Pointers at Glance
- Nreal has unveiled its Air AR glasses in the US. Now, they play nicely with iOS.
- The company’s Nreal Air glasses have been accessible in the UK since May.
- When it was released, the glasses featured Android support and could mirror the screens of laptops, but anyone in the Apple ecosystem was left out of the AR party.
Nreal is shipping a new adapter for its US launch that provides mirroring for iOS devices. Android users will still have access to the full experience through Nebula, a launcher that enables software to run natively on the glasses. In contrast, iOS users are limited to screen mirroring.
Also, a macOS version of the Nebula launcher is being launched, although only for Macs packing M-series processors, which allows multiple displays to be projected around your laptop if desired.
Yet, streaming content is the best use of AR glasses. Especially while travelling on a plane, the glasses enable the wearer to have an experience like they are sitting in front of a private large-screen TV instead of relying on whatever content is present on the small back-of-headrest systems.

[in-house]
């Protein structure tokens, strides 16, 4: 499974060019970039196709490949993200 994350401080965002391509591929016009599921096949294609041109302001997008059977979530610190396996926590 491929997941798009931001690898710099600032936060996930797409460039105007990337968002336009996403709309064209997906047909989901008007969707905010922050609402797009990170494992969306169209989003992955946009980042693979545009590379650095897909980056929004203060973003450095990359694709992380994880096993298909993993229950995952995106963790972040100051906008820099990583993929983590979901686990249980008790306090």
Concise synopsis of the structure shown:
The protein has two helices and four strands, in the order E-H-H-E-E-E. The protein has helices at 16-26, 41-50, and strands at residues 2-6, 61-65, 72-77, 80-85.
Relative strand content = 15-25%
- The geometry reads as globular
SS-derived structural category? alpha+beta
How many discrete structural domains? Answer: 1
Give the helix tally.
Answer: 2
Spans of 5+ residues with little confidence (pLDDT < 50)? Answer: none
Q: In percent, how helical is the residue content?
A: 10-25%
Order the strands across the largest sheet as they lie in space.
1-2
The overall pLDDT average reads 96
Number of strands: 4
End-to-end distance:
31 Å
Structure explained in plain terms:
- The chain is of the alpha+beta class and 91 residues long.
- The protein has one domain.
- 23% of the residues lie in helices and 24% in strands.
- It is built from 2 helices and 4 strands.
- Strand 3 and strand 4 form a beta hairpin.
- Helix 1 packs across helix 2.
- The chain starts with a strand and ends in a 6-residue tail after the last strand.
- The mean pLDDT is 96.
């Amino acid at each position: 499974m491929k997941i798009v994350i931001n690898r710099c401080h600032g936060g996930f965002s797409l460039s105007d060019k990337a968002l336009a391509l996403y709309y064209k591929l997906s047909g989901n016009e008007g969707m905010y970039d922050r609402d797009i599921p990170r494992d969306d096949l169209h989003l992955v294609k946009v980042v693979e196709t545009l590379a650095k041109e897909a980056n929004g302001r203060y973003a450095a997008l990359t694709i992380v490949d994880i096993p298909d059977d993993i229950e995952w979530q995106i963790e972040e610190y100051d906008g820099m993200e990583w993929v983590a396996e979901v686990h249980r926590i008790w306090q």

Being AR glasses, the content is presented in front of the user without blocking the rest of their vision. It helps to have situational awareness of when the food cart rolls past.
Nreal expects the glasses to last for five hours when streaming continuously by the Air Casting feature. It is double the expensive Nreal Light glasses while also being 25 percent lighter.
The sacrifices from the Light to the Air are that spatial movement has been decreased to three degrees of freedom (DOF) from six degrees, and there are no front-facing or computer vision cameras.
Nreal Air is available on Amazon for $379. The iOS adapter is separately available for $59.